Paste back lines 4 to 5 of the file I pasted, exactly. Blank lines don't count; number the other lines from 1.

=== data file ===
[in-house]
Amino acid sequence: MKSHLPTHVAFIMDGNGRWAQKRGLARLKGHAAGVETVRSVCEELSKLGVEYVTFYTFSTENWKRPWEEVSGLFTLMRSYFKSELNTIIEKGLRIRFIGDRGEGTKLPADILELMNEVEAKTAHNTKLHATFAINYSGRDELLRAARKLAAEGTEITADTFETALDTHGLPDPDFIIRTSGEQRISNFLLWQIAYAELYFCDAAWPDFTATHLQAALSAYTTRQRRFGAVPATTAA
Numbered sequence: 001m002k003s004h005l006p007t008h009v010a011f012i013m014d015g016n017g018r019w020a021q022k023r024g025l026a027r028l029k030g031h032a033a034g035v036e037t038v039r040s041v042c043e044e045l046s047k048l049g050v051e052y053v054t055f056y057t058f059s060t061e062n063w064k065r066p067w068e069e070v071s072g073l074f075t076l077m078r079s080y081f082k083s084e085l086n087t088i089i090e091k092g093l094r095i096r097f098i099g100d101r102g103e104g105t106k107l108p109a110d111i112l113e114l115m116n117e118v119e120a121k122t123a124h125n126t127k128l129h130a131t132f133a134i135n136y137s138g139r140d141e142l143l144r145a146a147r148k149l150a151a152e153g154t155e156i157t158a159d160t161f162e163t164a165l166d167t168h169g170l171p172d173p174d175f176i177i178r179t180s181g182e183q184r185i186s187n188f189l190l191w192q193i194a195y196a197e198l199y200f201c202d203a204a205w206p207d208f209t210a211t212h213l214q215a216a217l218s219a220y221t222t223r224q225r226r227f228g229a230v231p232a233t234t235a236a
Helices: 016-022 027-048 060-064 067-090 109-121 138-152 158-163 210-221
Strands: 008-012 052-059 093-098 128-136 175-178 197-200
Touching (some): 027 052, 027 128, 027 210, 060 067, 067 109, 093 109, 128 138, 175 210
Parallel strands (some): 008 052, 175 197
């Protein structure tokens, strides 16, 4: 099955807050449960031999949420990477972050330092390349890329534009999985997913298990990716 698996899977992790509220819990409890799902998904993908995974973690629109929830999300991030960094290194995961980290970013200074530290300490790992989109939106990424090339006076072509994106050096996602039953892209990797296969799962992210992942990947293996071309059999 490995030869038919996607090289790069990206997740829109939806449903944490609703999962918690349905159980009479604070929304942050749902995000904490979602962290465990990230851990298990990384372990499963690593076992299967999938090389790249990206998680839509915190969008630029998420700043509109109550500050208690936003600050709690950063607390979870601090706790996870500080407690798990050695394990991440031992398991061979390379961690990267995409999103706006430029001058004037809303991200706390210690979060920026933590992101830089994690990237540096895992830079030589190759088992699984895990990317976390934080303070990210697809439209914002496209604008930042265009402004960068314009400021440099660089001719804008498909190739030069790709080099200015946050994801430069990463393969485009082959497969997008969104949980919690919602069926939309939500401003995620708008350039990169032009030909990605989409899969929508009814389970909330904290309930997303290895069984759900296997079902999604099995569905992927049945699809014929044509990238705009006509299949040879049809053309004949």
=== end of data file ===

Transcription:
Helices: 016-022 027-048 060-064 067-090 109-121 138-152 158-163 210-221
Strands: 008-012 052-059 093-098 128-136 175-178 197-200